No matter what meal it is, it’s always enjoyable when accompanied by exceptional scenery. Whatever he may be searching for in his refrigerator, he would do well to lose those boots he’s wearing. All natural is the only way to go these days, buddy! That’s what we tried to do during the month of November, 2018. Now that we’re practically through the entire short month, I’ll acknowledge that whatever is chilled in the ice-box, if it is Bottoms-Up! that you seek, from now until Springtime, look inside!
November, 2018, was most definitely not the month I expected it to be. As those of you who read ReNude Pride regularly already know, my father died on November 11. This event happened unexpectedly following his diagnosis of stage 4 cancer of the colon, liver and one kidney on October 28. Mercifully, it wasn’t a protracted end but was swift and relatively pain-free. Which does beg the question: “How the hell do the doctors or any of us really know how painless any death truly is?”
Over a month ago, I posted a reference and link to a post written by a blogging buddy that I follow. Immediately after I punched the “schedule” button on my computer screen, it occurred to me that I should invite my online friend to interview here. The project has now come to fruition and I’m pleased to introduce readers here to Brent Pace, (nickname: “Pacey”) the author of Pace Of Mind blog (click the link to view). To read the referenced post detailing his presence at a bare dance party, click here.
Despite what the featured photograph and title may infer, the designation “Black Friday” has nothing whatsoever to do with a racial reference. Instead, the term “Black Friday” is what is known in the U.S. retail industry as the official first day of the Christmas holiday shopping season. It is the day after the U.S. Thanksgiving holiday (always the fourth Thursday in November) which means it is always a Friday. The “Black” designation is in reference to the customary business practice of posting commercial profits in black ink and commercial losses in red ink.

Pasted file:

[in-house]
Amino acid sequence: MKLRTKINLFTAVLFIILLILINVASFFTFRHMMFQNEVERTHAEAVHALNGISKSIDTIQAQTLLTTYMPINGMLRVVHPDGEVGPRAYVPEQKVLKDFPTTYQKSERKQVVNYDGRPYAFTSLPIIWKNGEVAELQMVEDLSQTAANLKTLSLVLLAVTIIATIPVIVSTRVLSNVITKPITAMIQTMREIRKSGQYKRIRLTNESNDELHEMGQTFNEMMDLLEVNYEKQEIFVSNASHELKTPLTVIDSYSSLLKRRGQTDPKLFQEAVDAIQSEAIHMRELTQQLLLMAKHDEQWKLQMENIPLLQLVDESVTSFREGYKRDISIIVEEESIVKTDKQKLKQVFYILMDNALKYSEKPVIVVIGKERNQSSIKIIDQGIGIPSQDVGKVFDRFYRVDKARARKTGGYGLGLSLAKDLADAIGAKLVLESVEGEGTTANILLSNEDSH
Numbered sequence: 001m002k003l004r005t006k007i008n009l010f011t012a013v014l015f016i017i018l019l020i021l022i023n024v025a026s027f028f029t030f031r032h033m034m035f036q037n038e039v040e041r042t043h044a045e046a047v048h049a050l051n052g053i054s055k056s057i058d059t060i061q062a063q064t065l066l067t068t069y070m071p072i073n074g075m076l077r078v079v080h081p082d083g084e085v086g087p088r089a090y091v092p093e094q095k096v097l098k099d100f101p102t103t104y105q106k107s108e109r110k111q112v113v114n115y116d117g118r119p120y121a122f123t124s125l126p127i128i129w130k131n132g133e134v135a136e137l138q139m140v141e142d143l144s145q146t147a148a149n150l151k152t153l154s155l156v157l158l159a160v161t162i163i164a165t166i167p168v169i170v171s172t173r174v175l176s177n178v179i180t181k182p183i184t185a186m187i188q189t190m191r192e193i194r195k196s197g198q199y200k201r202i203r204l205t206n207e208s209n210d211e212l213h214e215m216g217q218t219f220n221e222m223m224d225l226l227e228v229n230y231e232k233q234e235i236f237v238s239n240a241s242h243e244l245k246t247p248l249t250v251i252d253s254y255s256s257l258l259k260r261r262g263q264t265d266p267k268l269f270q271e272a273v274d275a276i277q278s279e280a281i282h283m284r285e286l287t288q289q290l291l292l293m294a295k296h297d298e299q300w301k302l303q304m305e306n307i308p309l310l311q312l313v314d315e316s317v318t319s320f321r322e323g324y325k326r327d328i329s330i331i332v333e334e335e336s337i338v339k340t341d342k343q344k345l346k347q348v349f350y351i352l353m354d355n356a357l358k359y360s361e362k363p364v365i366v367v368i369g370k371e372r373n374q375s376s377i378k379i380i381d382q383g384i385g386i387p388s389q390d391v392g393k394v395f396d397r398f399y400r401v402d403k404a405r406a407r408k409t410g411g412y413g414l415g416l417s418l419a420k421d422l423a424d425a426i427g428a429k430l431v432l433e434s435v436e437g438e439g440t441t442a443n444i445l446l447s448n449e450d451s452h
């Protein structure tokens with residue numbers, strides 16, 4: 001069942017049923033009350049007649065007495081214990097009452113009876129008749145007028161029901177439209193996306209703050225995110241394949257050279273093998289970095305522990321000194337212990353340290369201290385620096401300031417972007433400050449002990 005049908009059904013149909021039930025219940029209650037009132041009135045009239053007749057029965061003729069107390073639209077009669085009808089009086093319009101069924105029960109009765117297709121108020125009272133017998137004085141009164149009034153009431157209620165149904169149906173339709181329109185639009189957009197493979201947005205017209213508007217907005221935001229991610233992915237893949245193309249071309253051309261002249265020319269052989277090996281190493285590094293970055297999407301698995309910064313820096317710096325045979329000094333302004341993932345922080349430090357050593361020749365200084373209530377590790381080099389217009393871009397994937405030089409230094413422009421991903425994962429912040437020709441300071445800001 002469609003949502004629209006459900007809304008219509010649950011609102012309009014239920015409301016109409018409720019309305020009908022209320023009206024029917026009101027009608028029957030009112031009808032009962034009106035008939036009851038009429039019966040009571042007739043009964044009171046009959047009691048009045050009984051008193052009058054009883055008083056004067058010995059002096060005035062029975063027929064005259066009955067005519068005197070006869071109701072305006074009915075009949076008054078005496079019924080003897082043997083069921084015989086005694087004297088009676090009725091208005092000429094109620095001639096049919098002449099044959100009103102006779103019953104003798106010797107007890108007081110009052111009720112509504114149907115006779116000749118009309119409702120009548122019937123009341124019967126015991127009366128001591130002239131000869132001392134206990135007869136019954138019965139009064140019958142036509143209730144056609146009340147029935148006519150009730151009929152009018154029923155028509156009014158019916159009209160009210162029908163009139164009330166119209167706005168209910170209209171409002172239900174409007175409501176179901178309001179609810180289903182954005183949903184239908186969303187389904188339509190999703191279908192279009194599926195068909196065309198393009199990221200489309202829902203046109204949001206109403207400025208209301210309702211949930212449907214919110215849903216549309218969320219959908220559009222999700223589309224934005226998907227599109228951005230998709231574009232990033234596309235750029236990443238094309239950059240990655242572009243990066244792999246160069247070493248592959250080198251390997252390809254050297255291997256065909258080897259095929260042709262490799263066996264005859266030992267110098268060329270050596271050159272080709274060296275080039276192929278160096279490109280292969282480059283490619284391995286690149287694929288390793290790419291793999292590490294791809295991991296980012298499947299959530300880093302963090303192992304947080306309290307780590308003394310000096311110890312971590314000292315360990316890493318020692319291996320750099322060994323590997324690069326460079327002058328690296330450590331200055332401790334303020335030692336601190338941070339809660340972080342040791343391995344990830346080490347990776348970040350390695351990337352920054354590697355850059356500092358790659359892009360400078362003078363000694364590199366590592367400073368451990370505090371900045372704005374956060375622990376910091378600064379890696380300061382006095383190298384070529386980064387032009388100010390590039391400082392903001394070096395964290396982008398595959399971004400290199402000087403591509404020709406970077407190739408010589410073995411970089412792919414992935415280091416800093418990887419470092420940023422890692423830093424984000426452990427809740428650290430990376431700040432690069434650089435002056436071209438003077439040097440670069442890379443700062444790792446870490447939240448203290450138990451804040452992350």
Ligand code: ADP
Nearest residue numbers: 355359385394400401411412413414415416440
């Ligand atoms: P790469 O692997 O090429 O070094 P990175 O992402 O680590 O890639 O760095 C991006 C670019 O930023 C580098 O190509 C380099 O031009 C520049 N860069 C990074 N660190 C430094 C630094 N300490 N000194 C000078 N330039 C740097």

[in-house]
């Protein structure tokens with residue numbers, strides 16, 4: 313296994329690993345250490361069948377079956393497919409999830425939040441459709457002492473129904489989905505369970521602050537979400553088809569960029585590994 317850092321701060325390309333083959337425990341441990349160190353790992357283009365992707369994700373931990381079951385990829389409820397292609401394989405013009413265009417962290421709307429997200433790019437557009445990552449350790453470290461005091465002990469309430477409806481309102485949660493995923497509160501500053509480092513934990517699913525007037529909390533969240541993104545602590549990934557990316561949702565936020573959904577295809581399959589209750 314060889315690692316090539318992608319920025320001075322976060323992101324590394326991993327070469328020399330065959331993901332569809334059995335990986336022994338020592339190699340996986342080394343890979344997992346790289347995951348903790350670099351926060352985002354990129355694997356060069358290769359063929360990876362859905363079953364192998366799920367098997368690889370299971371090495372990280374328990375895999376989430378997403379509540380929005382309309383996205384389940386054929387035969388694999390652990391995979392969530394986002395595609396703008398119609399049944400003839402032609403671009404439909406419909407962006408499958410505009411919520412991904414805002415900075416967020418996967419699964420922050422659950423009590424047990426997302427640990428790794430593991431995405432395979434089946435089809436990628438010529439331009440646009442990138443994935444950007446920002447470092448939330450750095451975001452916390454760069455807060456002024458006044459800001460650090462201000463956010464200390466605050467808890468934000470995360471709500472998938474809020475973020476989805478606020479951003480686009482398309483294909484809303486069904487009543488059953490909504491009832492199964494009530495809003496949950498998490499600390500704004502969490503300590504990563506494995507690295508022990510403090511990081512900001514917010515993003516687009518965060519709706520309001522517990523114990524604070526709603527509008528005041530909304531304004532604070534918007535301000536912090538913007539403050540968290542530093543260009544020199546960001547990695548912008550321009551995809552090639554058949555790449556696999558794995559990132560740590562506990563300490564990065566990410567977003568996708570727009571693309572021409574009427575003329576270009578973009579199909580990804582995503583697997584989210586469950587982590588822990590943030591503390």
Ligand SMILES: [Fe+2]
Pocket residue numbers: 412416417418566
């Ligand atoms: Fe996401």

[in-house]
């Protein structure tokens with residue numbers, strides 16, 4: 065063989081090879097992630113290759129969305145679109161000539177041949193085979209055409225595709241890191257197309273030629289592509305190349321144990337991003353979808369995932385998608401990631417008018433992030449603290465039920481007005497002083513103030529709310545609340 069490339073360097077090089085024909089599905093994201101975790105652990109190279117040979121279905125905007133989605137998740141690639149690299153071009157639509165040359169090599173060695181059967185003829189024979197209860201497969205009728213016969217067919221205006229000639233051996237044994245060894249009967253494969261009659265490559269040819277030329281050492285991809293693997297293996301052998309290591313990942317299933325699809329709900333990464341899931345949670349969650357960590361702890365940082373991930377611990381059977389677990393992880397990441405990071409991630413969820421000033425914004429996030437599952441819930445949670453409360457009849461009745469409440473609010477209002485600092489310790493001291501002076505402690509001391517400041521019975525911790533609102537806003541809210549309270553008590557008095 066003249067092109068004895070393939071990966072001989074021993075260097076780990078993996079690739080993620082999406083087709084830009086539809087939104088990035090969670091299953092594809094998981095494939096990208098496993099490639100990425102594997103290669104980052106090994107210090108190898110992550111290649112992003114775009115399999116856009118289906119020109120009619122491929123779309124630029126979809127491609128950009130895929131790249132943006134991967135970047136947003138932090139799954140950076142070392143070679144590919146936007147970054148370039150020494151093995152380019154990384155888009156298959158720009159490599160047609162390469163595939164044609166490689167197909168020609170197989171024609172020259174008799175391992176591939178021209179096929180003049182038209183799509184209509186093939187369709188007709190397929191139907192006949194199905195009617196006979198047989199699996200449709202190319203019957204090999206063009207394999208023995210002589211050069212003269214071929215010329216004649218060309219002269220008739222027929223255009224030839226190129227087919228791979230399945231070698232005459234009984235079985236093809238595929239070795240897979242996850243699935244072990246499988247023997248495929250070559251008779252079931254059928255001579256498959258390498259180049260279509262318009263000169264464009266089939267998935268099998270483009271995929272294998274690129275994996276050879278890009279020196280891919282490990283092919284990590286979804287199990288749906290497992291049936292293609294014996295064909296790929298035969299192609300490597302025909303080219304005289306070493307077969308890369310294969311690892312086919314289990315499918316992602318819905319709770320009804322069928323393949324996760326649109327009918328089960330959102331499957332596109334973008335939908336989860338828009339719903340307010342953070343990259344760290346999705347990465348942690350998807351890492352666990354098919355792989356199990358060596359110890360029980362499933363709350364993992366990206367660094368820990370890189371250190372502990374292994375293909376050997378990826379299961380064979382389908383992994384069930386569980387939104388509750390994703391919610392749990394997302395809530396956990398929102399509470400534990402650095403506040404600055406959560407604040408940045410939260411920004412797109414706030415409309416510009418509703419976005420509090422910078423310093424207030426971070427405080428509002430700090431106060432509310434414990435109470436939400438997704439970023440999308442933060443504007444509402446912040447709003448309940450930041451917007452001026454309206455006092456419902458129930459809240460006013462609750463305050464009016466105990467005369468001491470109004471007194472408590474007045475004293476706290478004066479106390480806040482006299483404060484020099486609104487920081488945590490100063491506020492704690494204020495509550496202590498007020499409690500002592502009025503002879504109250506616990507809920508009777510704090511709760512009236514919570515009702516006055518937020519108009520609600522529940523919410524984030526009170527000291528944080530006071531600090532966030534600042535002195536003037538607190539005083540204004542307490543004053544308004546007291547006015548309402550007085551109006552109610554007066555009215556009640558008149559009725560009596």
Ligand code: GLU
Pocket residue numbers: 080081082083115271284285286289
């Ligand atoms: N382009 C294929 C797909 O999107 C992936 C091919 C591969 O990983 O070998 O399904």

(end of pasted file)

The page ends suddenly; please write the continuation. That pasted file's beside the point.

I am sincerely grateful and humbled by all the comments on my post from one week ago, entitled “My Father.” (Click the link to view). The encouragement and love that inspired that post sustained me through a very difficult and painful transition in my life. I am grateful to all of you who read the post and especially those who left a message. There are no words to express the appreciation and comfort that I felt simply in knowing that others were sharing in my own pain.
On the day of the recent USA congressional elections, I received a text message from my oldest brother that summoned me home (Greece) immediately. My father was diagnosed with Stage 4 cancer in his lower abdomen (one kidney, his liver and his colon) three weeks prior. Instead of the couple of months remaining (as the oncologists had advised us), the prediction was changed to “a matter of days.” I caught the earliest flight to Athens available and Aaron, my spouse, was followed me a day after.
One hundred years ago today, at 11:00 a.m., November 11, 1918, the Great War (World War I) came to an end as the fighting on the Western Front (northern France) ended the hostilities with the signing of the armistice (cease-fire). The Treaty of Versailles, officially ending the war, wouldn’t be signed until June 28, 1919. The more than four years of fighting resulted in the highest number of civilian and military casualties ever recorded and continues to reverberate our history still to this day.